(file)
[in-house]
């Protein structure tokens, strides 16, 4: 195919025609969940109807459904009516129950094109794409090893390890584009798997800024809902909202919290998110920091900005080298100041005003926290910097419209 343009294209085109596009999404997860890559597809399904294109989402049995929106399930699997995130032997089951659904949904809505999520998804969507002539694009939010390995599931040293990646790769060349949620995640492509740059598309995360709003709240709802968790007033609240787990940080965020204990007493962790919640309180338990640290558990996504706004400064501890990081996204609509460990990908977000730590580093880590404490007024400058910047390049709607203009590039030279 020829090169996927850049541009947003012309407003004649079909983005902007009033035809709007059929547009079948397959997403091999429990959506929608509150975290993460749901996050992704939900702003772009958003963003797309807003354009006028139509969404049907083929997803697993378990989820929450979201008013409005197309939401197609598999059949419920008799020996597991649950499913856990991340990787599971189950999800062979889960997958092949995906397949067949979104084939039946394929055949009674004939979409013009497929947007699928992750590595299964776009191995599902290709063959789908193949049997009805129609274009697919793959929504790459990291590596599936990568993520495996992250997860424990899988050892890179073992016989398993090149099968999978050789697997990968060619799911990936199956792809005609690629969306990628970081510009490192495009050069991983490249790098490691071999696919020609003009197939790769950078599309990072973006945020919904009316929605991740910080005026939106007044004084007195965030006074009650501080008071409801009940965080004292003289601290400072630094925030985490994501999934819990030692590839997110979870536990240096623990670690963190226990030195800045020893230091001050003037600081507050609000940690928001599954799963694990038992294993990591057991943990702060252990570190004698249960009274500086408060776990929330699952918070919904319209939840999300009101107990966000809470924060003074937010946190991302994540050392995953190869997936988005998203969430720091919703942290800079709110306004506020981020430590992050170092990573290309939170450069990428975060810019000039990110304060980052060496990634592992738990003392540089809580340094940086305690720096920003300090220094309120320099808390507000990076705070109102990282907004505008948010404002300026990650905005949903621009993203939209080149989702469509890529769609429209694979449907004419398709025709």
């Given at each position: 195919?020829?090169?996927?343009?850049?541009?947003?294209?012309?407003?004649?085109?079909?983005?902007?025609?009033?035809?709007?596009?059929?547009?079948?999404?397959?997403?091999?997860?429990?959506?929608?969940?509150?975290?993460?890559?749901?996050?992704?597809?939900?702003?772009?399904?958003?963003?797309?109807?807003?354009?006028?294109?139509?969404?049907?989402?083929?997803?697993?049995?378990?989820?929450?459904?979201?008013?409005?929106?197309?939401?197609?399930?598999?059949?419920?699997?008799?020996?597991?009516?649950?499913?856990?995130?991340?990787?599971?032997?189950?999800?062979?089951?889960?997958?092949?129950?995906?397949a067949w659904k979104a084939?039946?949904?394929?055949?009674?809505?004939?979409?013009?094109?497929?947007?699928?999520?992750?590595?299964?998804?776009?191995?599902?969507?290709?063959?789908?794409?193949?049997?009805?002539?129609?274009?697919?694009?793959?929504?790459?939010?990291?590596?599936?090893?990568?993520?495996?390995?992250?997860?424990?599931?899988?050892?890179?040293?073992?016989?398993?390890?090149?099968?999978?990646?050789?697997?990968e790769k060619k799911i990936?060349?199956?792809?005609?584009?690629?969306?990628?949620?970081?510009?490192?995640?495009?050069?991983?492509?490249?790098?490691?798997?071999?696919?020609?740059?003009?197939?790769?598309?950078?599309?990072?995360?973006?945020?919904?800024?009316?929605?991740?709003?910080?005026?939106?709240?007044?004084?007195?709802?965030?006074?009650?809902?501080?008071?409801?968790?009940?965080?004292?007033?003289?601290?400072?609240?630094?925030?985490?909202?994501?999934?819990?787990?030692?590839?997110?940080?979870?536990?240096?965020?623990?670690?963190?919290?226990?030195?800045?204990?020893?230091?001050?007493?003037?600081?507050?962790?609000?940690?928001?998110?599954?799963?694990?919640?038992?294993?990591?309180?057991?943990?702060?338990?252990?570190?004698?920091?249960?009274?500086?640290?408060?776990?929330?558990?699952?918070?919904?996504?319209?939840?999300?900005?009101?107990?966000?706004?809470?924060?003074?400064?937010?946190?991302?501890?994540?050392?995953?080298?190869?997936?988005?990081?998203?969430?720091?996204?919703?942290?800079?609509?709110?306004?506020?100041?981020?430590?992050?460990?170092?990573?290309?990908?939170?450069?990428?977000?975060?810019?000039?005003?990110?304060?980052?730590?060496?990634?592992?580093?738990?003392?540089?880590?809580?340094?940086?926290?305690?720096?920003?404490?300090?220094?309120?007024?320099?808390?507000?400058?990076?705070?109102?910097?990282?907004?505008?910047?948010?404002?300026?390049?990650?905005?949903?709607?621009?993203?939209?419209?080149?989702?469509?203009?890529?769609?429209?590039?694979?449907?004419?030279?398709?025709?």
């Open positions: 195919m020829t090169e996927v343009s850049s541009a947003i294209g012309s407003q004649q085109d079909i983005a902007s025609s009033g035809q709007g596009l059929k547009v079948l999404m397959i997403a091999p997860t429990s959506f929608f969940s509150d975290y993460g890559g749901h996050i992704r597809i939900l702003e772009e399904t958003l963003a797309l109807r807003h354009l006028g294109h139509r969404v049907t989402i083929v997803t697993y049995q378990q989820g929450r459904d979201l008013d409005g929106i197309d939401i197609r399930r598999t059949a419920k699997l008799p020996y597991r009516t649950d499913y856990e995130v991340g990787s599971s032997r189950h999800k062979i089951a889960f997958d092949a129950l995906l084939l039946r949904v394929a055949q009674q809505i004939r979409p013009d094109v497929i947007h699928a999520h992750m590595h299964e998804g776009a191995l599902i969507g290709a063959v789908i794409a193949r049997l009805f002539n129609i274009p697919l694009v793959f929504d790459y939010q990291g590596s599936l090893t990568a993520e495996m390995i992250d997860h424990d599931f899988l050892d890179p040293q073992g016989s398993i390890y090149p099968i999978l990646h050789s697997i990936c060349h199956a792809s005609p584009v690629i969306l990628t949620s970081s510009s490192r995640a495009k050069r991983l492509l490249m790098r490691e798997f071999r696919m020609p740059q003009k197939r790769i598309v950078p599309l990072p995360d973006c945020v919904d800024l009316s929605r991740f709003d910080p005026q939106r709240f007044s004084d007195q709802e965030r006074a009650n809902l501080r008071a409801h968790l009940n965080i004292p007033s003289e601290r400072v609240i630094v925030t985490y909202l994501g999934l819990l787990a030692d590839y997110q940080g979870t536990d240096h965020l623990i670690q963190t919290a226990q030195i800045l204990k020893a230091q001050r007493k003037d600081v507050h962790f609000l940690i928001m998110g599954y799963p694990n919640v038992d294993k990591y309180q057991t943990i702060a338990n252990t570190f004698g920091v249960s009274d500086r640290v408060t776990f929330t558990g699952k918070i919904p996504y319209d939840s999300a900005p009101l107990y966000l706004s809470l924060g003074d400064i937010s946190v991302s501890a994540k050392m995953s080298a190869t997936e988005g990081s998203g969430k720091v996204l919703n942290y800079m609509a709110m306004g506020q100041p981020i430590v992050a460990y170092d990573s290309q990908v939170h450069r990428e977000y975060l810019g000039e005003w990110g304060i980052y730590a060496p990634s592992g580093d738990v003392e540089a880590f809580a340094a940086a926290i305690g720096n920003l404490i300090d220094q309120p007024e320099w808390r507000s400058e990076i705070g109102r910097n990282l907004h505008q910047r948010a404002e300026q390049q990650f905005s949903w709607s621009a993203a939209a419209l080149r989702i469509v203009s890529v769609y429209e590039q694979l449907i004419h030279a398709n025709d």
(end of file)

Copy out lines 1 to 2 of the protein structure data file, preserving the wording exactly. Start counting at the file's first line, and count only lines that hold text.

[in-house]
């Protein structure tokens, strides 16, 4: 195919025609969940109807459904009516129950094109794409090893390890584009798997800024809902909202919290998110920091900005080298100041005003926290910097419209 343009294209085109596009999404997860890559597809399904294109989402049995929106399930699997995130032997089951659904949904809505999520998804969507002539694009939010390995599931040293990646790769060349949620995640492509740059598309995360709003709240709802968790007033609240787990940080965020204990007493962790919640309180338990640290558990996504706004400064501890990081996204609509460990990908977000730590580093880590404490007024400058910047390049709607203009590039030279 020829090169996927850049541009947003012309407003004649079909983005902007009033035809709007059929547009079948397959997403091999429990959506929608509150975290993460749901996050992704939900702003772009958003963003797309807003354009006028139509969404049907083929997803697993378990989820929450979201008013409005197309939401197609598999059949419920008799020996597991649950499913856990991340990787599971189950999800062979889960997958092949995906397949067949979104084939039946394929055949009674004939979409013009497929947007699928992750590595299964776009191995599902290709063959789908193949049997009805129609274009697919793959929504790459990291590596599936990568993520495996992250997860424990899988050892890179073992016989398993090149099968999978050789697997990968060619799911990936199956792809005609690629969306990628970081510009490192495009050069991983490249790098490691071999696919020609003009197939790769950078599309990072973006945020919904009316929605991740910080005026939106007044004084007195965030006074009650501080008071409801009940965080004292003289601290400072630094925030985490994501999934819990030692590839997110979870536990240096623990670690963190226990030195800045020893230091001050003037600081507050609000940690928001599954799963694990038992294993990591057991943990702060252990570190004698249960009274500086408060776990929330699952918070919904319209939840999300009101107990966000809470924060003074937010946190991302994540050392995953190869997936988005998203969430720091919703942290800079709110306004506020981020430590992050170092990573290309939170450069990428975060810019000039990110304060980052060496990634592992738990003392540089809580340094940086305690720096920003300090220094309120320099808390507000990076705070109102990282907004505008948010404002300026990650905005949903621009993203939209080149989702469509890529769609429209694979449907004419398709025709």